Sultan of the Ottoman Empire
Custodian of the Two Holy Mosques
|26th Ottoman Sultan (Emperor)|
|Reign||30 October 1757 – 24 December 1773|
|Successor||Abdul Hamid I|
|Born||28 January 1717|
Edirne Palace, Edirne, Ottoman Empire
|Died||21 January 1774 (aged 56)|
Topkapı Palace, Istanbul, Ottoman Empire
Mustafa III (//; Ottoman Turkish: مصطفى ثالث Muṣṭafā-yi sālis; 28 January 1717 – 24 December 1773) was the Sultan of the Ottoman Empire from 1757 to 1773. He was a son of Sultan Ahmed III (1703–30), and his consort Mihrişah Kadın. He was succeeded by his brother Abdul Hamid I (1774–89).
Mustafa was born at the Edirne Palace on 28 January 1717. His father was Sultan Ahmed III, and his mother was Mihrişah Kadın. He had a full brother named, Şehzade Süleyman. In 1720, a large fifteen days circumcision ceremony took place for Mustafa, and his brothers, princes Süleyman, Mehmed, and Bayezid. In 1730, after the Patrona Halil revolt, led to the deposition of his father Sultan Ahmed, and the succession of his cousin Sultan Mahmud I, Mustafa, his father, and brothers were all locked up in the Topkapı Palace.
Character of Mustafa's rule
Soon after his accession to the throne, Mustafa demonstrated a special care for justice. He took a number of measures to increase prosperity in Istanbul. He regulated coinage, built large grain stores, maintained aqueducts, and established a strict fiscal policy.
Treaty with Prussia
Mustafa much admired the Frederick the Great's generalship, and in 1761 established a peace treaty with Prussia. Frederick wanted an alliance against the Habsburgs, and Mustafa wanted to modernize his state and army. Mustafa preferred recruiting his officers in Berlin, rather than in Paris and London, to re-organize his army. In 1763, the two countries exchanged their diplomats for the first time.
Russo-Turkish War (1768–1774)
Koca Ragıp Pasha, who remained grand vizier until 1763, pursued a peace policy towards neighboring countries. But the increasing influence of Russia over the Caucasus and its intention to control Poland created tension between the Ottomans and Russia. Ragıp Pasha's successor Muhsinzade Mehmed Pasha also preferred to remain at peace, and Mustafa's insistence on war with Russia led to his resignation in 1768. The Sultan expected to gain an easy victory over the Russians, but in fact the Ottomans were unprepared for a long war. During the war, military reforms were undertaken, with the assistance of French officer François Baron de Tott. They included the modernization of artillery corps and the foundation of the Naval Engineering School in 1773. The war was disastrous for the Ottoman Empire. The Russian armies occupied the Crimea, Romania and parts of Bulgaria.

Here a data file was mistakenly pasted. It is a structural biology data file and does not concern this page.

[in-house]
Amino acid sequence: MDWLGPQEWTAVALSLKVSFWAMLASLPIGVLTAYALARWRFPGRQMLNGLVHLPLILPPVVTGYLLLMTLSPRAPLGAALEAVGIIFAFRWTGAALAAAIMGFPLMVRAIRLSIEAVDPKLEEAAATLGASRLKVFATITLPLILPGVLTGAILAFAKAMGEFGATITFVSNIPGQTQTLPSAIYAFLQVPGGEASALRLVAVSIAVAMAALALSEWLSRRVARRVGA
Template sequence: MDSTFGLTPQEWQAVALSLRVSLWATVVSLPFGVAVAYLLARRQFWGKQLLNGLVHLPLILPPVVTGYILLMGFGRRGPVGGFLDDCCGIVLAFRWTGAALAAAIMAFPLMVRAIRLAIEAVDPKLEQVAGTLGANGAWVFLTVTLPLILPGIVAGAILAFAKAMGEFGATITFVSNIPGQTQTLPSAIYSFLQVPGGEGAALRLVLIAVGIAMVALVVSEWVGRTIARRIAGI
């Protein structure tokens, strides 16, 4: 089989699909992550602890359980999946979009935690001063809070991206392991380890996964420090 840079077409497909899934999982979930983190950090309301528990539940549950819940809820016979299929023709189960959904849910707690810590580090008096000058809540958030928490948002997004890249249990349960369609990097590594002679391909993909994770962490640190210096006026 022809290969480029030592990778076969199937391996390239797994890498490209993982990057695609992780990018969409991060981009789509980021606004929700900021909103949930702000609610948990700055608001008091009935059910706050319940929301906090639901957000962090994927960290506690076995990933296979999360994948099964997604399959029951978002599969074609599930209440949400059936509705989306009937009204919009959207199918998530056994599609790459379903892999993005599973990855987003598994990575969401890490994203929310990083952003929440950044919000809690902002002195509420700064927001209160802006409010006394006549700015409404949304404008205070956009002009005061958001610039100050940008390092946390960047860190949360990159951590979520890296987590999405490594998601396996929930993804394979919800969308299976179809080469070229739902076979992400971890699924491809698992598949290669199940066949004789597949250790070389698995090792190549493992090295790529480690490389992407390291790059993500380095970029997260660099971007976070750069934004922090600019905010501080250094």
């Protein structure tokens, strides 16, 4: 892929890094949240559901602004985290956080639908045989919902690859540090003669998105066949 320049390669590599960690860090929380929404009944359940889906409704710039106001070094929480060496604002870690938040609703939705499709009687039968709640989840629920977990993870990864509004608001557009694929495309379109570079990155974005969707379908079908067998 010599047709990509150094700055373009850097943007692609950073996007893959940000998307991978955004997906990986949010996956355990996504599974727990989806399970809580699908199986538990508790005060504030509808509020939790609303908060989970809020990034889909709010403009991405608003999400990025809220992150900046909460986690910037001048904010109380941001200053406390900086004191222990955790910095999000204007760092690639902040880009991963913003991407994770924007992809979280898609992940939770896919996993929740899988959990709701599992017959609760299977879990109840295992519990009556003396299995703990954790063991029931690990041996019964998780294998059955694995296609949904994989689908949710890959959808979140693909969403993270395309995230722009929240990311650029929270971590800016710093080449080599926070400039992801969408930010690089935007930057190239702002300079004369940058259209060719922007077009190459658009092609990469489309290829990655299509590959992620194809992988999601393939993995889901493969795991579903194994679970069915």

Many monumental buildings including the Fatih Mosque, which was built by Mehmed the Conqueror was rebuilt from the ground during his reign. In addition, he had built Laleli Mosque complex, and the shore along the Yenikapı filled to set up a new neighborhood. Apart from these, he undertook other construction projects after the earthquakes of 1766.
He was a poet, his poetry being written under the pseudonym of Cihangir.
“Yıkılupdur bu cihan sanma ki bizde düzele
Devleti çarh-ı deni verdi kamu müptezele
Şimdi erbab-ı saadette gezen hep hazele
İşimiz kaldı hemen merhamet-i lem yezele.”
"This world has ruined, don't even think with us it recovers,
It was the lousy fate that has delivered the power to vulgars,
Now the perfidious ones have populated the Imperial Palace,
It's now the mercy of the everlasting God that runs our business.
Mustafa had five consorts:
- Mihrişah Sultan (died 16 October 1805, buried in Mihrişah Sultan Mausoleum, Eyüp, Istanbul), Baş Kadın;
- Mihrişah Kadın (died 1799, buried in Şah Sultan Mausoleum, Eyüp, Istanbul), İkinci Kadın;
- Aynülhayat Kadın (died 21 July 1764, buried in Mustafa III Mausoleum, Laleli Mosque, Istanbul), Üçüncü Kadın;
- Adilşah Kadın alias Ayşe (died 19 December 1803, buried in Mustafa III Mausoleum, Laleli Mosque, Istanbul), Üçüncü Kadın;
- Rif’at Kadın (died 25 December 1804, buried in Haydarpaşa Cemetery, Istanbul), Dördüncü Kadın;
Mustafa had two sons:
- Selim III (24 December 1761 – 28 July 1808, buried in Mustafa III Mausoleum), with Mihrişah;
- Şehzade Sultan Mehmed (10 January 1767 – 12 October 1772, buried in Mustafa III Mausoleum, Laleli Mosque Istanbul);
Mustafa had nine daughters:
- Hibetullah Sultan (14 March 1759 – 7 June 1762, buried in Mustafa III Mausoleum, Laleli Mosque, Istanbul), betrothed on 2 June 1759 to Mahir Hamza Pasha;
- Şah Sultan (20 April 1761 – 11 March 1803, buried in Şah Sultan Mausoleum, Eyüp, Istanbul), with Mihrişah, married on 6 November 1778, Damad Seyyid Mustafa Pasha;
- Mihrimah Sultan (5 February 1762 – 6 October 1762, buried in Mustafa III Mausoleum, Laleli Mosque, Istanbul), with Aynülhayat;